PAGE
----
Around 70,000 years ago the earth turned very ugly and wiped out all humans save for a few thousand living in southern Africa coastal caves.
I am aware the literature postulates a genetic bottleneck some 70,000 years ago, possibly due to the Toba eruption. However, this speculation is controversial as shown here
Oppenheimer accepts that the arguments proposed by Rampino and Ambrose are plausible, but they are not yet compelling for two reasons: it is difficult to estimate the global and regional climatic impacts of the eruption, and, at the same time, we cannot conclude with any confidence that the eruption actually preceded the bottleneck. Furthermore, a 2010 geneticists' study seems to question the foundations of the Toba bottleneck theory: analysis of Alu sequences across the entire human genome has shown that the effective human population was already less than 26,000 as far back as 1.2 million years ago, suggesting that no Toba bottleneck was necessary. Possible explanations for the low population size of human ancestors may include repeated population bottlenecks or periodic replacement events from competing Homo subspecies.
What I am puzzled about is how this hypothesis states Toba "wiped out all humans save for a few thousand living in southern Africa coastal caves." Do you have any sources for this information?
In the caves archaeologists found ochre, fancy tools, and lots of bivalve leftovers. These were our ancestors. Scientists found complex tools and red ochre at a location in Pinnacle Point South Africa. They also found lots of bivalve left overs.
How does the consumption of clams provide evidence for the aquatic ape hypothesis? Can humans; well known for their ability to consume virtually anything including pooped out coffee beans, maggot cheese, and poisonous fugu (source)
show anything other than that humans could easily find things to eat in tidepools as, among many others, coastal California Indians easily accomplished? I have eaten a few things from tidepools myself, such as raw jingle or cooked abalone and Gooeduk clam.
By 70,000 years ago this culture spread to other coastal sites. Out of these oyster eaters came all the rest of us. It has been postulated the ready protein the community had fueled the final brain development needed for our modern human intellect. A coastal cave site used between 75,000 years and 55,000 years yielded the same inventive tools and ochre use, and lots of bivalve feast leftovers.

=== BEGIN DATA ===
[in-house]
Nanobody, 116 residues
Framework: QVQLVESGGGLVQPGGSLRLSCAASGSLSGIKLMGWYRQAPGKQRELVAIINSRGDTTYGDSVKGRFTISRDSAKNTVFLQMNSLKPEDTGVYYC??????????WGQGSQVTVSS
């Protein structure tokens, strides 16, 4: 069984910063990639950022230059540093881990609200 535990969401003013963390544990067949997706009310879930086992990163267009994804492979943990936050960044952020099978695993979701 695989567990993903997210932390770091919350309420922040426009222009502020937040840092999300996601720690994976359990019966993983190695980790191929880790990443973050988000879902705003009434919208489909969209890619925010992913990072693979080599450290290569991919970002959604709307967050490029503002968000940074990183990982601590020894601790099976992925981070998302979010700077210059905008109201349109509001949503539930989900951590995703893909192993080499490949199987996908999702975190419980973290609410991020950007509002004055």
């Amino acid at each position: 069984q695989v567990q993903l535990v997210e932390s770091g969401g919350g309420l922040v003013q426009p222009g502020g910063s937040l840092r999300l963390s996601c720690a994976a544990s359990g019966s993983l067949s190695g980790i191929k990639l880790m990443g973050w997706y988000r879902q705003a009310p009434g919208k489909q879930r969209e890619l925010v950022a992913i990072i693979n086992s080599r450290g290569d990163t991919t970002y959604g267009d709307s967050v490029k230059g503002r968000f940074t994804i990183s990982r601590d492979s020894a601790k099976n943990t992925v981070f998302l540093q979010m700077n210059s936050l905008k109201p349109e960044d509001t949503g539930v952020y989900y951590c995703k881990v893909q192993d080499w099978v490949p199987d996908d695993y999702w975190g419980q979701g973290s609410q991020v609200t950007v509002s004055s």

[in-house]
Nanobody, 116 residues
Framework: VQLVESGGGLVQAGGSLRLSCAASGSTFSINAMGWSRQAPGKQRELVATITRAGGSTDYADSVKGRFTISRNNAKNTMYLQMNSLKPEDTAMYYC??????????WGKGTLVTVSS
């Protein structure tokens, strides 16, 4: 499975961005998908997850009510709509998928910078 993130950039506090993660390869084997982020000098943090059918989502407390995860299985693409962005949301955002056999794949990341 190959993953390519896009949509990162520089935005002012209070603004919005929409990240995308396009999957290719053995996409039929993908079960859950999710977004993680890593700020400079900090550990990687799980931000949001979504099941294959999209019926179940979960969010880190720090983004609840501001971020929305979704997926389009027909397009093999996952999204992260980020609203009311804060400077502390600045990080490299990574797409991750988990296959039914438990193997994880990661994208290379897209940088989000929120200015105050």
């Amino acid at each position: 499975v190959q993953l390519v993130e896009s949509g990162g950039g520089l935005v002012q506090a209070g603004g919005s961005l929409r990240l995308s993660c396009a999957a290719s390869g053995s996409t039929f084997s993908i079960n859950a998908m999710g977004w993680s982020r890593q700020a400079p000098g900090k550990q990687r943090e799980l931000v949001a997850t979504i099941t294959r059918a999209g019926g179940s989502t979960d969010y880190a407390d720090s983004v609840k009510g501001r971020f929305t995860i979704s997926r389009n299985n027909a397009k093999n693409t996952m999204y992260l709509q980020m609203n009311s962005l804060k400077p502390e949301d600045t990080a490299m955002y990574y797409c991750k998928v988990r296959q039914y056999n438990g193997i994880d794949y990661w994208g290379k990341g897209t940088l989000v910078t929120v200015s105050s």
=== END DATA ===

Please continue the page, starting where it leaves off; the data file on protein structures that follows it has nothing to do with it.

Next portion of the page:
So how does it follow that one specific set of coastal humans from 70,000 years ago are the common ancestor of all? Is the evidence mitochondrial, from the Y-chromosome? what is the source so we can all check its accuracy through references and peer-reviewed research? Have all other potential ancestor populations other than those from caves in southern Africa been convincingly ruled out as ancestors?
I say, if clam eating enabled brain enhancement for H sapiens, then it follows the full hominid line might have followed the same successful food strategy, being steady brain growth followed the hominid succession.
Why would eating clams enable more brain development than eating bone marrow, antelope, pheasants, or eggs? Are you referring to a high protein diet?
Unconvincing so far, please elaborate.
Edited by anglagard, : elaboration.
Edited by anglagard, : add bone marrow (another speculated source of protein)
The idea of the sacred is quite simply one of the most conservative notions in any culture, because it seeks to turn other ideas - uncertainty, progress, change - into crimes.
This rudderless world is not shaped by vague metaphysical forces. It is not God who kills the children. Not fate that butchers them or destiny that feeds them to the dogs. It’s us. Only us. - the character Rorschach in Watchmen